Subjective intent to mislead is not required – it is enough to show objective intent bases on the facts and circumstances surrounding the alleged misrepresentation Various false statements made in obtaining the a trademark registration have been shown to be fraudulent What is material? – a long list of possibilities Case law provides that the duty of good faith exists throughout the application for trademark, and includes a duty to continuously review and amend the first use oath.
Impact of the breach of the duty of candor May result in the loss of intellectual property rights Because trademark protection does not depend only on registration, the impact of a breach is less severe A mark may be cancelled Can still sue for common law trademark infringement Attorney fees may be awarded Attorney could be disciplined or disbarred for making fraudulent statements to the PTO.
The doctrine of fraud is important to understand from both a legal and practical perspective An act of fraud on the U.S. Copyright Office can bring about a severe result, including cancellation of a copyright registration Means that you lose subject matter jurisdiction in a federal civil copyright infringement claim Fraud upon the Copyright Office as an equitable defense to infringement Section 411(b) of the U.S. Copyright Act codified the existing doctrine of copyright fraud in the registration process
Courts uphold copyright registrations – even when they contain errors of information – unless a fraud on the Copyright Office can be established Elements: 1.The applicant either failed to disclose information or disclosed false information 2.The information was material 3.The information induced reliance by either the Copyright Office or the accused infringer 4.The applicant acted with intent to deceive – requires a subjective intent to deceive
Selected examples from 2011 Notice the various kinds of violations Notice the reciprocal discipline imposed – the state where the attorney is licensed and then how that impacts the USPTO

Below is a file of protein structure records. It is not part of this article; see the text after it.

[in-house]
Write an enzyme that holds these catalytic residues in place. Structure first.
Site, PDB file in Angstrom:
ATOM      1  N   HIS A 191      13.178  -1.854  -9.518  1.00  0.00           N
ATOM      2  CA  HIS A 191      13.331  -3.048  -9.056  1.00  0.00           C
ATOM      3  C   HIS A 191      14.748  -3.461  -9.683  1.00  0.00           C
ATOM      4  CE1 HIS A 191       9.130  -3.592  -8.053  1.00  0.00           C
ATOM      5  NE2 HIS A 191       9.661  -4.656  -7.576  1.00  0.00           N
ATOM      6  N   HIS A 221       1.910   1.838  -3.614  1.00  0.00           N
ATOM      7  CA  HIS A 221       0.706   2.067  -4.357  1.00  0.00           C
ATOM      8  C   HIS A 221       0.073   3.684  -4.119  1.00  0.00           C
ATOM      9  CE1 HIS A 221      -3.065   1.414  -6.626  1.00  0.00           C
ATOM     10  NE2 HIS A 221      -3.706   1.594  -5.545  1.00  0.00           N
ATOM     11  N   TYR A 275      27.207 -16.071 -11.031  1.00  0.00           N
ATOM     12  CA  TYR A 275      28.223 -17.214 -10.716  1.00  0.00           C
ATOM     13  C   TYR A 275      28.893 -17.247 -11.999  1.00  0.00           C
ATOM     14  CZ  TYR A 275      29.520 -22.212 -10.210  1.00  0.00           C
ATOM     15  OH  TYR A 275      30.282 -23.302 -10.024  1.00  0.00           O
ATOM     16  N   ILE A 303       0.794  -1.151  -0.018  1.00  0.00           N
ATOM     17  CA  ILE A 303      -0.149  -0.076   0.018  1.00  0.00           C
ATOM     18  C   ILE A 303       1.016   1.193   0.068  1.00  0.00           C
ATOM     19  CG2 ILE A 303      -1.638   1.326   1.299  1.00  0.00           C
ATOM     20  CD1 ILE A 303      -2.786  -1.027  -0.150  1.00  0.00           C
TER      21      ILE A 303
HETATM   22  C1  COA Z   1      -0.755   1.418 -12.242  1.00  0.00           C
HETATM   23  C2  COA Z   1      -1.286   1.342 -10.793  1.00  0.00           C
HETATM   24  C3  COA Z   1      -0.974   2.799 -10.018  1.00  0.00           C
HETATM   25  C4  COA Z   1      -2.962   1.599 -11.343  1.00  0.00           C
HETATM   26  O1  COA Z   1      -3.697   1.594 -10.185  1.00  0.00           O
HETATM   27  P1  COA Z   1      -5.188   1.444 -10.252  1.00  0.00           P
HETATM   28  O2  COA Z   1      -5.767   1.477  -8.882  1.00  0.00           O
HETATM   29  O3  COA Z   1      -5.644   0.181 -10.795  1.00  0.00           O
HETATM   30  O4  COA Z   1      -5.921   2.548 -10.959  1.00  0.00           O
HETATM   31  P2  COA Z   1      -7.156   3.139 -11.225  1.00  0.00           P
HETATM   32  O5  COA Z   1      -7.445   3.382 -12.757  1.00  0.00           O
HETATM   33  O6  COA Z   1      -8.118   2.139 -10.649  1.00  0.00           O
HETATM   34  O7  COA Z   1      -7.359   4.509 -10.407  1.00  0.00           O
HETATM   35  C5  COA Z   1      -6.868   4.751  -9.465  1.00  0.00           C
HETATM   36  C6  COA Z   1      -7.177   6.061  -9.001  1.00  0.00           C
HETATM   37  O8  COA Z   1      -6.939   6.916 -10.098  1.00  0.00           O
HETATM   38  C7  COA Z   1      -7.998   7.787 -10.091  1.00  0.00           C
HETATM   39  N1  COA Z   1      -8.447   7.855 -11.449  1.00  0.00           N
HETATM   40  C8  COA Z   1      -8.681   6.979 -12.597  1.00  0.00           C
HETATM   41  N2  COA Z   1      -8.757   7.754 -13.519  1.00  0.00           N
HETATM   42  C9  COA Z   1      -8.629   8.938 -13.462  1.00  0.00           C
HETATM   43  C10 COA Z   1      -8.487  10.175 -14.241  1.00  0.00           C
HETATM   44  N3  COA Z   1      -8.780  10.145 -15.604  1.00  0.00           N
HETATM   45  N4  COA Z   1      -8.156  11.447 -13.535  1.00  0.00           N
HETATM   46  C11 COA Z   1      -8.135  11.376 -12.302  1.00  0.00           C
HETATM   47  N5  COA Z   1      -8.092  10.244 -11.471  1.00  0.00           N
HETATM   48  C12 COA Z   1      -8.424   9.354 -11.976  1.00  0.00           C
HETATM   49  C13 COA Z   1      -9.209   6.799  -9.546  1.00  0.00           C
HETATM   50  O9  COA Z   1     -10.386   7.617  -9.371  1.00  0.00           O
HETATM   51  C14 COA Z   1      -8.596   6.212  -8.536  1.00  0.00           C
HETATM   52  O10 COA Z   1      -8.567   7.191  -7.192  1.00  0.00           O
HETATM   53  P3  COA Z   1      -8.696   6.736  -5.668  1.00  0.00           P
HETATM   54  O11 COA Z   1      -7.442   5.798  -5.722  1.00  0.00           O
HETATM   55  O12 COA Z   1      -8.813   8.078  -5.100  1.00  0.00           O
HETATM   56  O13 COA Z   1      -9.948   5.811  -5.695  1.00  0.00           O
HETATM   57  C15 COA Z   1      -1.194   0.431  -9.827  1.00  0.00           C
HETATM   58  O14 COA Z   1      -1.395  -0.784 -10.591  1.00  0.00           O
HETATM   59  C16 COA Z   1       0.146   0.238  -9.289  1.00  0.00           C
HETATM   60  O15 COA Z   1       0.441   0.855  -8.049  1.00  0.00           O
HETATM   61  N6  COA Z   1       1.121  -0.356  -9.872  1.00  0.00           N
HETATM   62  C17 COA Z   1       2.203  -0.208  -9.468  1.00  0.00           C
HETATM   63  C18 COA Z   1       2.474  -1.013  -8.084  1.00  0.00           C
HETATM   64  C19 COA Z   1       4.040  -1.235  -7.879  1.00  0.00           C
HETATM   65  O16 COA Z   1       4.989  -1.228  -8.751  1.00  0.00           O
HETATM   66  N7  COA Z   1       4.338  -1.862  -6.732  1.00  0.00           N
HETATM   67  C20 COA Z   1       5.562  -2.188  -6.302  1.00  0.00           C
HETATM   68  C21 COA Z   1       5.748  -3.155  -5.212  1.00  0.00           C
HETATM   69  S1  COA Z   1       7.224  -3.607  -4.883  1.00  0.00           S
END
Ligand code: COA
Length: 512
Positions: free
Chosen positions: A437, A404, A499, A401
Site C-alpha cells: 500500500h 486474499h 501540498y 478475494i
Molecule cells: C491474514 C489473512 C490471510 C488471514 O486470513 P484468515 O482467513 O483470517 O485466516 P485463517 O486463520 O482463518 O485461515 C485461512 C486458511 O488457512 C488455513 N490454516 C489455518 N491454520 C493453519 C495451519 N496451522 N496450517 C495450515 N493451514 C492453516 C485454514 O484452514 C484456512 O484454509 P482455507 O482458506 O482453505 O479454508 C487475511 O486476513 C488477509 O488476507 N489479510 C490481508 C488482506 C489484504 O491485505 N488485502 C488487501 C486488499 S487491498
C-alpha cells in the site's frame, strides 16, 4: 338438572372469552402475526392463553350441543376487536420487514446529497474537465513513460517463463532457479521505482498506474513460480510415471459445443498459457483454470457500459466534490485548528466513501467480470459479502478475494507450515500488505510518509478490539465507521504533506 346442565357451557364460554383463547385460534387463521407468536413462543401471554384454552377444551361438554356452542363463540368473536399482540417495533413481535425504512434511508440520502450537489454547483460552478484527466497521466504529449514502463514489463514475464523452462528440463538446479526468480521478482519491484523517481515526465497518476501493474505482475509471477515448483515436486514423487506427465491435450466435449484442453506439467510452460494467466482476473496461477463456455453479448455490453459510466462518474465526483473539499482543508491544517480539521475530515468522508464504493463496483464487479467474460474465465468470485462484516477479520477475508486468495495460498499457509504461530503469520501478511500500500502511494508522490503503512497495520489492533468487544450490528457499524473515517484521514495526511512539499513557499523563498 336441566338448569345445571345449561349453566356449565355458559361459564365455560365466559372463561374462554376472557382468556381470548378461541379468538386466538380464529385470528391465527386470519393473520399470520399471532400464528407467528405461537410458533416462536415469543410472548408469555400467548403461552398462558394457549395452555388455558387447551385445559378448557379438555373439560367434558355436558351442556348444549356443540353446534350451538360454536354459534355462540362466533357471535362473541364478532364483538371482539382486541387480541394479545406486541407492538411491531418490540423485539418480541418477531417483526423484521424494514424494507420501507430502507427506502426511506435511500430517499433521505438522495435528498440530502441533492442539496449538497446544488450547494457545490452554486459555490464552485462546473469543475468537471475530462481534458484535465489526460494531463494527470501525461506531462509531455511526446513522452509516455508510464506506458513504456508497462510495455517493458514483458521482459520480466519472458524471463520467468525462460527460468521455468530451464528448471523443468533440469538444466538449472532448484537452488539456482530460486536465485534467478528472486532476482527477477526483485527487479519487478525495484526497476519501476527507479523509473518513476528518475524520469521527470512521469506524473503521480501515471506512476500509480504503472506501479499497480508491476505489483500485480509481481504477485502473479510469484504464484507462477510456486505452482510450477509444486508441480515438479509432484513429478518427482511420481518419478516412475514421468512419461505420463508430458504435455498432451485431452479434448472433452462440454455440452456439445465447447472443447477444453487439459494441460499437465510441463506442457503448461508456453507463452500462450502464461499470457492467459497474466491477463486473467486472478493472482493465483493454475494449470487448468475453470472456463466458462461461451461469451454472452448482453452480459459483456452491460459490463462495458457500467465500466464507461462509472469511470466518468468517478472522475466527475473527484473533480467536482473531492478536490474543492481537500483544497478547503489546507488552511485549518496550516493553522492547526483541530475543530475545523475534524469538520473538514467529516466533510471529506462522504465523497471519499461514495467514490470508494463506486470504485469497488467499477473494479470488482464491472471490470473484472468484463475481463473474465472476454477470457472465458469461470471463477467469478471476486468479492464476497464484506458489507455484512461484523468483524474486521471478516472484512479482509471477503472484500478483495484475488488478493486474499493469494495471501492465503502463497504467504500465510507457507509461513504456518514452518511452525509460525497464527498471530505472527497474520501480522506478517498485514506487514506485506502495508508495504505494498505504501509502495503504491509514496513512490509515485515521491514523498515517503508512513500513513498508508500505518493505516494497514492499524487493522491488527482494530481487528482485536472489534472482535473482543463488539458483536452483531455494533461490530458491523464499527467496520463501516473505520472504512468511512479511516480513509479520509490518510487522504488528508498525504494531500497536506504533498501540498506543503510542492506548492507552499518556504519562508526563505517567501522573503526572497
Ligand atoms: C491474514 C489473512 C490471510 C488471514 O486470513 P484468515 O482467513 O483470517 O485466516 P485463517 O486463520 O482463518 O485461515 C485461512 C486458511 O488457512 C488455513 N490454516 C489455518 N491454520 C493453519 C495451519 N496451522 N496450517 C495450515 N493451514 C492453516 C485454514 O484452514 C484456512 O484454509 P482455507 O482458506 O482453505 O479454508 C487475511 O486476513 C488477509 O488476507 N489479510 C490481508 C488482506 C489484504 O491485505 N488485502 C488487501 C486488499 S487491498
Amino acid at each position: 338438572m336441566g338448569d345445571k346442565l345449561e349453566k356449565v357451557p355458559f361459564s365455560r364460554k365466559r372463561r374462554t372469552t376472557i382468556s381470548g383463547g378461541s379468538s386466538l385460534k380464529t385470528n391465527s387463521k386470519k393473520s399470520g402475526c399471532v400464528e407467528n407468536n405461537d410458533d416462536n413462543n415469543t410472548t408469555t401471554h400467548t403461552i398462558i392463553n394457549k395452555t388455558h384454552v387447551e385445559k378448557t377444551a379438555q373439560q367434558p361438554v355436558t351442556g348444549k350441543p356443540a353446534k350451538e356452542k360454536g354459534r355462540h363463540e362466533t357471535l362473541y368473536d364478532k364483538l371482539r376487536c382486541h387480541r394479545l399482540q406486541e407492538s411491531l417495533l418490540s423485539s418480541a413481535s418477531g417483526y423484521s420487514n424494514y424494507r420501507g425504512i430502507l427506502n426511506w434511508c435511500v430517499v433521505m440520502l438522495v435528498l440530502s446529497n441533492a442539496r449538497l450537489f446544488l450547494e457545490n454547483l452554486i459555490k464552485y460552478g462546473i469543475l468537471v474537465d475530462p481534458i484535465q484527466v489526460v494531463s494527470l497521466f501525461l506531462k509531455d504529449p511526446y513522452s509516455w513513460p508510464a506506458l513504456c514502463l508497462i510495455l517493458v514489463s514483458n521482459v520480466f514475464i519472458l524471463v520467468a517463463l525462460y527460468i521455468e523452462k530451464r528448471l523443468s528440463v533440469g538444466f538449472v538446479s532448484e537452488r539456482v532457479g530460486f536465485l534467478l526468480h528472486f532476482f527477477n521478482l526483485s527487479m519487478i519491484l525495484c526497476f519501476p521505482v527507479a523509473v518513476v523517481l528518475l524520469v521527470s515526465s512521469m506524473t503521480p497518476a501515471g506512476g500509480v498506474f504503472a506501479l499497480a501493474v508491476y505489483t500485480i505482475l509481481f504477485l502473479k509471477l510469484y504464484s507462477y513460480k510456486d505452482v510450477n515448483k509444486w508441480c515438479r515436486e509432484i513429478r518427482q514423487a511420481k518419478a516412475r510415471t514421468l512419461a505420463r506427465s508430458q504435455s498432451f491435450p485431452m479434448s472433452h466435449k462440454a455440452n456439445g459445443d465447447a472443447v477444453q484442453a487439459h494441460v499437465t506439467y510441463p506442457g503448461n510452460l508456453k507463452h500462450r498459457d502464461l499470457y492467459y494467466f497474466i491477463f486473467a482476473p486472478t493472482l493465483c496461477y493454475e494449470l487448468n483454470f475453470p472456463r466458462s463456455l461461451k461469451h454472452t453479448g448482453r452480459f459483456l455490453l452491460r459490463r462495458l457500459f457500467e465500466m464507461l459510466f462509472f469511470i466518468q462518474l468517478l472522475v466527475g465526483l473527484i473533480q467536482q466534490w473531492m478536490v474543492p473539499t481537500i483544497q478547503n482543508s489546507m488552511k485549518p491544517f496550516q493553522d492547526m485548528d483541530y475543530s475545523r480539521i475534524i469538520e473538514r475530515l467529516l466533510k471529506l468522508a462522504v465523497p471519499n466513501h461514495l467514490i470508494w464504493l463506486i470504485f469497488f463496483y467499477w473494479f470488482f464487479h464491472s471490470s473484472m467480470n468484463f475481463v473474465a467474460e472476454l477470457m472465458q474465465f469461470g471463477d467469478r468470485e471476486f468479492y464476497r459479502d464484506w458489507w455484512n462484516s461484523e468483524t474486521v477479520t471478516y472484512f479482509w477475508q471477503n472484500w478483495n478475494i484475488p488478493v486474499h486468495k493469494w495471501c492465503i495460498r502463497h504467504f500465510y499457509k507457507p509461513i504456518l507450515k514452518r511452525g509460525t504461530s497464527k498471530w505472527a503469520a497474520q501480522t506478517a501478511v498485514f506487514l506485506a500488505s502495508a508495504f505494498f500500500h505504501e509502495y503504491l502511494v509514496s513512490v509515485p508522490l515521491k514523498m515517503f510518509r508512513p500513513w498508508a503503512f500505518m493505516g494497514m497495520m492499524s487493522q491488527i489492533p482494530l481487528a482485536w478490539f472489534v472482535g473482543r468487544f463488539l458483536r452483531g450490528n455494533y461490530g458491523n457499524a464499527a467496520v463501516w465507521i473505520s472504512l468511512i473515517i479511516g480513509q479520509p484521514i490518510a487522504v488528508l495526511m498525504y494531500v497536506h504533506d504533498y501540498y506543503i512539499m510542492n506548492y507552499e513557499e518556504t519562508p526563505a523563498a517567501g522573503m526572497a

An overarching principle in the Model Rules is competence. Model Rule 1.1 states that [a] lawyer shall provide competent representation to a client. Competent representation requires the legal knowledge, skill, thoroughness and preparation necessary for the representation. Comment 6 states that [t]o maintain the requisite knowledge and skill, a lawyer should keep abreast of changes in the law and its practice, engage in continuing study and education and comply with all continuing legal education requirements to which the lawyer is subject.
So failure to be informed about – and comply with – all requirements of e-discovery will not be an excuse. It may be useful, especially for smaller law firms, to work with a third-party e-discovery vendor. However, it is important to note that the attorney will still be under a duty to supervise under Model Rule 5.3(c). In other words, hiring a vendor will not avoid or erase any ethical duties of the lawyer.
The duty of confidentiality is also significant in the context of electronic discovery. Model Rule 1.6(a) states that [a] lawyer shall not reveal information relating to the representation of a client unless the client gives informed consent, the disclosure is impliedly authorized in order to carry out the representation or the disclosure is permitted by paragraph (b) - (preventing death, substantial bodily injury, etc.) Also dangers of waiving attorney-client privilege through inadvertent disclosure
Note sanctions imposed – increasing amounts of sanctions for both clients and counsel Various levels of culpability Ongoing responsibilities of counsel Decisions Trademark Trade secret Copyright Patent